The authorities began to keep Gacy under 24-hour surveillance in hopes of recovering live victims; however, they immediately arrested him after he was caught for the illegal possession of marijuana, which he intended to sell to a gas station clerk.  

During intensive questioning, it was revealed that one of the graduation class rings belonged to a missing teen who disappeared a year before. They also discovered that three of Gacy’s employees had gone missing in the past five years. When evidence against him began to accumulate, Gacy had “admitted” to killing one person, though he claimed it was in self defense. He told the cops they could find the body underneath his garage, where the authorities eventually discovered much more than just one body; in the crawl space alone, they unearthed 28 bodies. Further investigation yielded the discovery of two more bodies in other parts of the property– one was the preserved body of a young man buried in the concrete of Gacy’s patio, while the other was found underneath the recreation room of his home. Many of the bodies were buried directly next to each other, suggesting that they were stashed at the same time. Gacy admitted to often killing more than one person in a day. 

Authorities used forensic science and dental records to identify the bodies of all but nine of his victims. When Gacy appeared in court in 1980 he pleaded not guilty by way of insanity. The defense’s first witness was shockingly one of Gacy’s victims, Jeffery Rignall, who escaped from a brutal attack. While on the stand he testified for all the horrible things John Wayne Gacy had done to him, claiming that the “beastly and animalistic” nature of his attack was one that could only be performed by someone who was mentally deranged and should therefore be institutionalized. Rignall, who was recounting his traumatic experiences, actually vomited on the stand due to the horrific nature of Gacy’s crimes. This did not help his defense as it demonstrated to the jury how disgusting and cruel his acts were. Defense attorneys who had spoken with Gacy claimed that he exhibited signs of psychosis, which would render him unable to control his actions. However, prosecutors diagnosed Gacy with a personality disorder instead of psychosis.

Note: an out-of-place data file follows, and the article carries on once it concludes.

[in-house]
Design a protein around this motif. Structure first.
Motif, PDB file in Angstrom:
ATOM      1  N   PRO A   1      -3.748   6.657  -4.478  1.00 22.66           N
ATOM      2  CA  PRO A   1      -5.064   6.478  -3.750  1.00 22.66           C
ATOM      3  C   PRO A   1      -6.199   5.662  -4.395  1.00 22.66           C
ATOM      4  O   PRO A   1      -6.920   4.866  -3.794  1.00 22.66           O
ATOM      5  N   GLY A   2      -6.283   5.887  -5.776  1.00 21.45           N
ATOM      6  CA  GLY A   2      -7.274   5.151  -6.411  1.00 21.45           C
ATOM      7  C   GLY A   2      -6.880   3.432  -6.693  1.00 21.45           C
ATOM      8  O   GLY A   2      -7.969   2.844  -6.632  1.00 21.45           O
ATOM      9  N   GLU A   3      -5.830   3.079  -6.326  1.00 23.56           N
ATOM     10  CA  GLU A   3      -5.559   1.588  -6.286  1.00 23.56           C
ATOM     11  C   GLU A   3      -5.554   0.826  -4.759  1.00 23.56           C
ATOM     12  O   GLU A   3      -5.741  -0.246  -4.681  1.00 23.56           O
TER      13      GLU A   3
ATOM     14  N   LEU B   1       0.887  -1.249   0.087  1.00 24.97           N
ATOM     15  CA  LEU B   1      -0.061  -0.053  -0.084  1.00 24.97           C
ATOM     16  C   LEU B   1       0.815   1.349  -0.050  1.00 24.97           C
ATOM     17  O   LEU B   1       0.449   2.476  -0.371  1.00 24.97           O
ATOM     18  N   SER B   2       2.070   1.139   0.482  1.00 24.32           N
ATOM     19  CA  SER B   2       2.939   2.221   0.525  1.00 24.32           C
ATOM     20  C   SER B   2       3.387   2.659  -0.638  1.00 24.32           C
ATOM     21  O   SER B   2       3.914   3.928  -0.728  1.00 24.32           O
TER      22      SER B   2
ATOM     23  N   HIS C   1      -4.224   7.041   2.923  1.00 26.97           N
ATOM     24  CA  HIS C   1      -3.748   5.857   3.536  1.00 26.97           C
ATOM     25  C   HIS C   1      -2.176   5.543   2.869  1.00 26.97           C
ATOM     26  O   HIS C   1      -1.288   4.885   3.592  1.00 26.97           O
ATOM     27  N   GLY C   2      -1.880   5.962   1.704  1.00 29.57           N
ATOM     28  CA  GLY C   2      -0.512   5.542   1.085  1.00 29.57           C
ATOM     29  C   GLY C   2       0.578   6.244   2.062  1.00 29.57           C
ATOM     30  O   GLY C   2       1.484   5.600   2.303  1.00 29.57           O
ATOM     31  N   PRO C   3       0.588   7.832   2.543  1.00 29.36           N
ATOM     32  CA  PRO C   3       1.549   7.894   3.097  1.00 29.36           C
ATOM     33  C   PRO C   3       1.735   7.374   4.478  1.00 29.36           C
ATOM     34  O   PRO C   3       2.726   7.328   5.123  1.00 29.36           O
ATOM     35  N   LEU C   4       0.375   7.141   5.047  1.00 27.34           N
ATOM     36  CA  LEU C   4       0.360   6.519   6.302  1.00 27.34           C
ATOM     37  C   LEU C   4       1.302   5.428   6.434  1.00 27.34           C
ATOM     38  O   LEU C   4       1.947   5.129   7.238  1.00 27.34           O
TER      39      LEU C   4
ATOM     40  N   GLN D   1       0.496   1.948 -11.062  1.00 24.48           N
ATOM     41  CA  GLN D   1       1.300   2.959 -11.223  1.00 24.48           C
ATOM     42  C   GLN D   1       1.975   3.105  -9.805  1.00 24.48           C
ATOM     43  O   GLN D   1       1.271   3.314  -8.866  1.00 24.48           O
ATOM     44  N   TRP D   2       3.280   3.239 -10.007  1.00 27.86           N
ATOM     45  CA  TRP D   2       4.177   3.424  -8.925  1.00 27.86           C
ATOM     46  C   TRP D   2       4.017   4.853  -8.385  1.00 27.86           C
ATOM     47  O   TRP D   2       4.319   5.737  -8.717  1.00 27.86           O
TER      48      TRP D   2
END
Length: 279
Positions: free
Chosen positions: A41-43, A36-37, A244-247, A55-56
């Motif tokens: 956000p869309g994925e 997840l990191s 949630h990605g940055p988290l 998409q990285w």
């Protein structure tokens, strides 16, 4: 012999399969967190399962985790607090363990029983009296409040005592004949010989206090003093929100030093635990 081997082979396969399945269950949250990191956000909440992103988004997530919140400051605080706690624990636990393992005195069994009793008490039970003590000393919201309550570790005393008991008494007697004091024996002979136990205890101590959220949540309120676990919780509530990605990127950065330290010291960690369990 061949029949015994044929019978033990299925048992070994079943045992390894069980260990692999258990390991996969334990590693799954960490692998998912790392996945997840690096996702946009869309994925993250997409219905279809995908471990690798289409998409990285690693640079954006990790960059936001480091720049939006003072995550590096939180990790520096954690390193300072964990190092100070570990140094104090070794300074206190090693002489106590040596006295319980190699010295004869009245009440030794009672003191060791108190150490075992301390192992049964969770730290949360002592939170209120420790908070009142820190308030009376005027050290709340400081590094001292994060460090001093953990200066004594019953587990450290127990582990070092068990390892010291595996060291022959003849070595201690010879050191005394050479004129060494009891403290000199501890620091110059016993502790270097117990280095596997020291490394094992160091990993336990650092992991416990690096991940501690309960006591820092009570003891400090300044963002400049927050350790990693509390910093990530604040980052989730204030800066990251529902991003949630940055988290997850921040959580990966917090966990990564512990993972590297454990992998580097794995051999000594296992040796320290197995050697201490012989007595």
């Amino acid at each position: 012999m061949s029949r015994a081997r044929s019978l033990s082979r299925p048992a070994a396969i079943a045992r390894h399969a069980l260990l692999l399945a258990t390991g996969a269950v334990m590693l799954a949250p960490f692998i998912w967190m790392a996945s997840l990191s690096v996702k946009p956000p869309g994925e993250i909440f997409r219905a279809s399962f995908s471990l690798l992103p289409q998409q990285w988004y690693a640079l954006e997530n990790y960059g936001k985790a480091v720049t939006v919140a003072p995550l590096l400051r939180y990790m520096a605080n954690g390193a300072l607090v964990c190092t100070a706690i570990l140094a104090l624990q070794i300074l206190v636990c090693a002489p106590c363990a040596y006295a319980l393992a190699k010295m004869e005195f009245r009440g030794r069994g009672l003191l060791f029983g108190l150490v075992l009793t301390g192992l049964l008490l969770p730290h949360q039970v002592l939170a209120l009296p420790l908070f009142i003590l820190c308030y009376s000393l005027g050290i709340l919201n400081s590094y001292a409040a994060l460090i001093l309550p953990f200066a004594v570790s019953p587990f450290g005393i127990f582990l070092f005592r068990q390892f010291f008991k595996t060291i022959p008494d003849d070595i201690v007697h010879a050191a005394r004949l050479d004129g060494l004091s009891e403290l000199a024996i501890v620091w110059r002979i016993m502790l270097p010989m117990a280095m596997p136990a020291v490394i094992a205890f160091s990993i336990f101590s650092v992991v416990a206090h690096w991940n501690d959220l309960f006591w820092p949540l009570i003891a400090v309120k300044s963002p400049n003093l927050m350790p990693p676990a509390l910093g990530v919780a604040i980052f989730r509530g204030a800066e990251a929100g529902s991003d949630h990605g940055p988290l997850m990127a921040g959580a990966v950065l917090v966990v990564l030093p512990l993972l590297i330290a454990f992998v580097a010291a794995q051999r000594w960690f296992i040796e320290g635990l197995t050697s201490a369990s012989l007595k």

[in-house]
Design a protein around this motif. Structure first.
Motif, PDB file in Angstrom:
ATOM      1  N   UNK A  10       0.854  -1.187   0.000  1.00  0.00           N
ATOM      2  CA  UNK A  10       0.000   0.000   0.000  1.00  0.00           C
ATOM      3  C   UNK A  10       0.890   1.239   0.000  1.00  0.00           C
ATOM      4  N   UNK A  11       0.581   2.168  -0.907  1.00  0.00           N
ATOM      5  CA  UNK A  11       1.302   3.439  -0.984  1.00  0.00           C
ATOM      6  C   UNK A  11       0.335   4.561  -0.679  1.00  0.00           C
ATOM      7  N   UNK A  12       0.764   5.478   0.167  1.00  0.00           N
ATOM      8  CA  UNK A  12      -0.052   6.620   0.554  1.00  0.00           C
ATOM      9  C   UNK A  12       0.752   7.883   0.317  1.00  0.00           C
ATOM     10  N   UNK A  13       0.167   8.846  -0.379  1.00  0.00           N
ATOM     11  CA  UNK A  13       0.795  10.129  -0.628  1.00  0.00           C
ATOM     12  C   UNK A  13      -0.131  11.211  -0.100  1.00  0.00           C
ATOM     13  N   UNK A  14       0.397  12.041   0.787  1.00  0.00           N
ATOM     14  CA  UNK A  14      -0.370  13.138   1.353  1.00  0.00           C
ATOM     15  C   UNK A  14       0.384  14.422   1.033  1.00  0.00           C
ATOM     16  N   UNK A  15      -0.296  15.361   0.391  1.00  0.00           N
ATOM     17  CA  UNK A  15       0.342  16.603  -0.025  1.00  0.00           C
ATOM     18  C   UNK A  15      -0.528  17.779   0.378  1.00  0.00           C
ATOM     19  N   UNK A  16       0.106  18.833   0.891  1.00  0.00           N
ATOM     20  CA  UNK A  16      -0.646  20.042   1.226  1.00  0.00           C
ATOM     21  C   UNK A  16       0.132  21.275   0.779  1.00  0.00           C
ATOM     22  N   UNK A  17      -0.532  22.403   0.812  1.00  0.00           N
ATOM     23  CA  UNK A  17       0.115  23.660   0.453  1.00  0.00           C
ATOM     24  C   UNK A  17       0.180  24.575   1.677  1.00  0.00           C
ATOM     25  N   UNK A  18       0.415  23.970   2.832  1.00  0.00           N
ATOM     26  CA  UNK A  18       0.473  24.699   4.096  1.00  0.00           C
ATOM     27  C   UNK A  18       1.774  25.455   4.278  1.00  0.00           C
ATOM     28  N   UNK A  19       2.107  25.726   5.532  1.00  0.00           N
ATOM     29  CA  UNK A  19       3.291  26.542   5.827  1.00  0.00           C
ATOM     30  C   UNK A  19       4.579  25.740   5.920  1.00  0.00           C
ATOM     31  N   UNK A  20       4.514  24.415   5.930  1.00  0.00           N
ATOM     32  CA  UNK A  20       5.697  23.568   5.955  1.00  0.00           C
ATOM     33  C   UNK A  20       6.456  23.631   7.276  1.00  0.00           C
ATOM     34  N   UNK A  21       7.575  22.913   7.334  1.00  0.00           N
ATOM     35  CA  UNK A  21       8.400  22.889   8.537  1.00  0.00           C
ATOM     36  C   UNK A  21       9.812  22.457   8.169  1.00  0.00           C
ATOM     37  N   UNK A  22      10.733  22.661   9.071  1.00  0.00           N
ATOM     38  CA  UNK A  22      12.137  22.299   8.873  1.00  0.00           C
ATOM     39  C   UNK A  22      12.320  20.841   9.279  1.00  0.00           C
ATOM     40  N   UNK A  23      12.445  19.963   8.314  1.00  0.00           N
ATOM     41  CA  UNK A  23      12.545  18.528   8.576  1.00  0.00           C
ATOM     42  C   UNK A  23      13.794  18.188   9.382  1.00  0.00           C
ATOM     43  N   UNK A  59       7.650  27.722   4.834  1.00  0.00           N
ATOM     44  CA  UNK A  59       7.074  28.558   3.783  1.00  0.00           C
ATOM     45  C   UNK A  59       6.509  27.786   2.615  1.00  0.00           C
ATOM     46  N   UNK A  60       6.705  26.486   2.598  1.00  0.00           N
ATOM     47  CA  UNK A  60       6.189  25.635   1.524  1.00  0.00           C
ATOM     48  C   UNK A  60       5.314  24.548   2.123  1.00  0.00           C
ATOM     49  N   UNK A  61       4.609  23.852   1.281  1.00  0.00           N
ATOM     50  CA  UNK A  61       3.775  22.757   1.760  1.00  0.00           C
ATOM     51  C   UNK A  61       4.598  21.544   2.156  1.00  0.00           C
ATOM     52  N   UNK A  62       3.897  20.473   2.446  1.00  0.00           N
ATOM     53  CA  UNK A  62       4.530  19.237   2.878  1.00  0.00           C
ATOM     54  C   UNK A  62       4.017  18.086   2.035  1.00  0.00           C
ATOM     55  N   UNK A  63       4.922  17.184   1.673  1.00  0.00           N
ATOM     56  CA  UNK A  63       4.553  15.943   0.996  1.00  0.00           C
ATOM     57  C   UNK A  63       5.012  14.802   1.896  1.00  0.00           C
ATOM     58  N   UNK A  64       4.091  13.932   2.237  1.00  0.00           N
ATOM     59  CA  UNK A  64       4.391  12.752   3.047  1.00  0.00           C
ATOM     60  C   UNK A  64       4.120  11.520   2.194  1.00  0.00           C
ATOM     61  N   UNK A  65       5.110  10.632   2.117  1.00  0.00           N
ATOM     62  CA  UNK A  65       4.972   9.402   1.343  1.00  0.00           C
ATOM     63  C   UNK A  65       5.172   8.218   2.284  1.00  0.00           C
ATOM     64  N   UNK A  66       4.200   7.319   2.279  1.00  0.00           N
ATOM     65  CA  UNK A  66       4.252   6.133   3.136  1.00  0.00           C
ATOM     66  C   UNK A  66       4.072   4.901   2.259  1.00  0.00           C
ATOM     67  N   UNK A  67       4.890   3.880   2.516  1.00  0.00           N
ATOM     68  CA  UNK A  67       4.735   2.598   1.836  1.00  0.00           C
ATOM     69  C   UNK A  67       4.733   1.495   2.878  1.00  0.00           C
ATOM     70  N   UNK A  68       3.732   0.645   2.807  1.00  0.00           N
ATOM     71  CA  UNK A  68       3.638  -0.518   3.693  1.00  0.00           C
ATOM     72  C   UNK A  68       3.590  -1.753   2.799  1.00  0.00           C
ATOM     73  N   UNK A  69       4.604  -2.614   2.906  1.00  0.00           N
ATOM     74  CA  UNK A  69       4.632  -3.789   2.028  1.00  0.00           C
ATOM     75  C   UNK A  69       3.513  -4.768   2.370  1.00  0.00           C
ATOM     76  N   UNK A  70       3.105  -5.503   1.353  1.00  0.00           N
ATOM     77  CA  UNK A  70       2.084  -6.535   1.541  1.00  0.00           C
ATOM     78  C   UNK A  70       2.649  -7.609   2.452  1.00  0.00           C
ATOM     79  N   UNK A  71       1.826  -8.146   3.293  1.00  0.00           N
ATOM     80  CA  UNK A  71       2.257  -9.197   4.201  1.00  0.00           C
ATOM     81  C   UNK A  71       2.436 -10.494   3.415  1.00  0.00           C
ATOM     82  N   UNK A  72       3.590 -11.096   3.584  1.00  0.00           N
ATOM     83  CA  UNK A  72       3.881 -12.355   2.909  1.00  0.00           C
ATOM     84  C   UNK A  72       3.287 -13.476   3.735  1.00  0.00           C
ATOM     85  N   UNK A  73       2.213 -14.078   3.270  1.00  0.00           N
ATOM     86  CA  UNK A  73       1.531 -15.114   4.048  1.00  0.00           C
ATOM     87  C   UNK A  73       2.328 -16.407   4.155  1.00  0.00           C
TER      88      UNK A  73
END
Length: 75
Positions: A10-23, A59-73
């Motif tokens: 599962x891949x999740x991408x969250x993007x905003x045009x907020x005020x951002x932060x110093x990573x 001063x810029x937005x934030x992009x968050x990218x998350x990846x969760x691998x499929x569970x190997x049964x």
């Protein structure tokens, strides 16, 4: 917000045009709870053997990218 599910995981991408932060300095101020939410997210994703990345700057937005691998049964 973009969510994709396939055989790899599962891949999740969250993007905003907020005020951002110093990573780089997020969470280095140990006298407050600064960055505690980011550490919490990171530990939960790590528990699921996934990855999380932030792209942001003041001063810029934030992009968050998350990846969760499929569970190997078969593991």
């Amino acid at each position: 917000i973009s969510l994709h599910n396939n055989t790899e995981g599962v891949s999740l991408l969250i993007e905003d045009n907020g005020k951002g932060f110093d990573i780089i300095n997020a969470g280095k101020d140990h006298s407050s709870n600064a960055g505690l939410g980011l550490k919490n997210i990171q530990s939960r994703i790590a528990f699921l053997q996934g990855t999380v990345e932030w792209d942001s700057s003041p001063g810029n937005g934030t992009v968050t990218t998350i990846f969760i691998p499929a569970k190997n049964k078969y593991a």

The jury deliberation took place on March 12, 1980 and took an hour and 15 minutes. The verdict came back as guilty, and Gacy had become the man convicted of the most murders in the United States. Jurors voted for the death penalty. After two hours and 15 minutes of deliberation, the jury delivered the sentence. Gacy had spent over a dozen years on death row awaiting his execution. He was executed by lethal injection on May 10, 1994.

The deadliest thing about Gacy was his charm; prior to his convictions he had built a positive reputation for himself that even earned him respect from the police department. He was regarded as a proactive member of his community, and nobody was the wiser. It’s always important to remember that you only see the side of people that they want you to see. This case demonstrated that people should be more careful when interacting with strangers. 

“True Crime Chronicles” is a recurring weekly crime column, in which the crimes of famous serial killers are retold, for avid true-crime enthusiasts by an avid true-crime enthusiast.